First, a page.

Chicago: A 2nd-rate city? | WBEZ
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Is Chicago a second-rate city?

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(Flickr/Edward Wade)

- Is Chicago a second-rate city?

That's a question urban analyst Aaron Renn asked in an article published in the City Journal that many are calling "sobering." Renn, who lived in Chicago for 20 years, basically slams Chicago for its obsession with calling itself a "global city," saying that will not cure the city's deep poverty, declining population, Loop job losses and Illinois's precarious fiscal situation.

"The gleaming towers, swank restaurants, and smart shops remain, but Chicago is experiencing a steep decline quite different from that of many other large cities," Renn wrote. "It is a deeply troubled place, one increasingly falling behind its large urban brethren and presenting a host of challenges for new mayor Rahm Emanuel."

Renn's main point: unlike New York or Silicon Valley, Chicago's economy lacks a "calling card" industry – it's more like the "unofficial" capital of the Midwest. 

His piece is quite the talk around town, Crain's columnist Greg Hinz writes.

Lee Bey (full disclosure: one of our WBEZ bloggers) told me what was remarkable about the story that was Renn "gave voice publicly to things that have been whispered privately," adding he, like many, feel it is an honest assessment of the city.

"I wanted to really put out the data that shows we have big, big problems in Chicago," Renn said, when I reached him yesterday at his new home in Rhode Island. "I think bits and pieces have been put over the place, but I don’t think people have tied in the economic, demographic and financial problems."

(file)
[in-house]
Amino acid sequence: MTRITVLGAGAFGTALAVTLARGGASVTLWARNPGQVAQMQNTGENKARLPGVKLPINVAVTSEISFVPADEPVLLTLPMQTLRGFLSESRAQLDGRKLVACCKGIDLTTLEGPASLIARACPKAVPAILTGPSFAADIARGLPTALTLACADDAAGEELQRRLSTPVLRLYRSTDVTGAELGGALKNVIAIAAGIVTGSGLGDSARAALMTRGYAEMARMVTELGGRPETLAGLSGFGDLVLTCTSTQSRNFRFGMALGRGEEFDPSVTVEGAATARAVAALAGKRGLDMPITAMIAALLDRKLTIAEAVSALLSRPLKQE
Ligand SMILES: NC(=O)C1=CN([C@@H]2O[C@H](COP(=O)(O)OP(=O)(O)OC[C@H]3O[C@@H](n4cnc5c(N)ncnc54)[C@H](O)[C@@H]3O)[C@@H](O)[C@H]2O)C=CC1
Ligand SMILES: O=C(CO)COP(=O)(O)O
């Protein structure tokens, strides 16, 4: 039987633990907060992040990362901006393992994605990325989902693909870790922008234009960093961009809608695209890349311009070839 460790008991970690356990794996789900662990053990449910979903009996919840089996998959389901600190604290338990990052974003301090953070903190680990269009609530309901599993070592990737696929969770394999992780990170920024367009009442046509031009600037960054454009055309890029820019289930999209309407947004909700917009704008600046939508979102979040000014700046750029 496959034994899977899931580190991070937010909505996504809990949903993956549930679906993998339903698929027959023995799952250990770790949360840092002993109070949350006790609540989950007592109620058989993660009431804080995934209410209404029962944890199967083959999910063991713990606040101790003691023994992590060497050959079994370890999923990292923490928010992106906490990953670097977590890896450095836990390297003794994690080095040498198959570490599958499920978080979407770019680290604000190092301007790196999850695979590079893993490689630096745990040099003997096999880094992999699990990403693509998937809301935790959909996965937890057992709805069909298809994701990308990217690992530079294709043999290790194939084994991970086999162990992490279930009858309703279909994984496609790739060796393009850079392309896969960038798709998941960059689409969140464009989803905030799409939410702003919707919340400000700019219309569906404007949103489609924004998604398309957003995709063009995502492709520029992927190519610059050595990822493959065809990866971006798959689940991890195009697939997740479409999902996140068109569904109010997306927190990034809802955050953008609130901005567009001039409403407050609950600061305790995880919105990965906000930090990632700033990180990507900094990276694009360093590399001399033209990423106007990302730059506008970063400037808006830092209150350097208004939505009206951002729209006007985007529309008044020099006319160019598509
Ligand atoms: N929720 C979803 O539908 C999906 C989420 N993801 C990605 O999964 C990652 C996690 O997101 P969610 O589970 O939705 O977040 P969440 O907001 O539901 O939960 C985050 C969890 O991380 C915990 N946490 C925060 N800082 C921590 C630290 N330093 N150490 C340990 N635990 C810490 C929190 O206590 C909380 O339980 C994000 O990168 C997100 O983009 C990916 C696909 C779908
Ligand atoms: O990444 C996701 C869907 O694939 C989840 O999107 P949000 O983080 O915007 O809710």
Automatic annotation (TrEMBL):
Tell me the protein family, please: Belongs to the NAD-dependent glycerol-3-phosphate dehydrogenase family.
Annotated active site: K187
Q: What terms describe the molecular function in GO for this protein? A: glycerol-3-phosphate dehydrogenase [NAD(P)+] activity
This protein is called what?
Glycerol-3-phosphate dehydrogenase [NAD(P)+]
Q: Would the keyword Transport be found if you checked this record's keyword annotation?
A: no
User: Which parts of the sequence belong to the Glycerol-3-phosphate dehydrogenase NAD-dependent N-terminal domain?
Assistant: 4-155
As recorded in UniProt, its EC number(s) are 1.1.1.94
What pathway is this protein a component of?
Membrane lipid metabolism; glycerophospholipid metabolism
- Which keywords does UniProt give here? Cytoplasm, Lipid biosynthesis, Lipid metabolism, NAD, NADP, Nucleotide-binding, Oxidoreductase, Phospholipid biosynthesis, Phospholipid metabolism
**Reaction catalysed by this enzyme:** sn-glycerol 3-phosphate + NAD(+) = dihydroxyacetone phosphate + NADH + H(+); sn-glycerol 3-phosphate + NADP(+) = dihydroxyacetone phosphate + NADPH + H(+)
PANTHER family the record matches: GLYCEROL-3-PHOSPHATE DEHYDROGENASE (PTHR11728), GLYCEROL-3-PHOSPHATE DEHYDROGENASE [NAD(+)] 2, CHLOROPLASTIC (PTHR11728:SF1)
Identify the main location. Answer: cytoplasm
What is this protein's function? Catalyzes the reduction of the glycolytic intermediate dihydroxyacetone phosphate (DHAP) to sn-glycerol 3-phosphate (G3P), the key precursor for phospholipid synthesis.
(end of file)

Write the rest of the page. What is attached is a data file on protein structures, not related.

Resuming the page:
- Is there a skills mismatch in the job market? Economists like to use this term to talk about the difference between the skills workers have and the skills needed for the jobs employers are hiring for. There's been much talk about this during the Great Recession, but a new report from the Chicago Fed concludes probably not, at least in a widespread way.

The authors analyzed a lot of data to conclude that most likely the low levels of hiring are because employers appear "hesitant to fully commit to hiring" for the openings they have, although there is evidence there may be a mismatch among "middle-skilled" workers, or those who require a moderate level of skill. I did a story about this last week looking at people who want to get into these types of jobs in manufacturing that looked at the advanced math and reading skills required these days for jobs like welding – and how many workers just don't have those basic skills.

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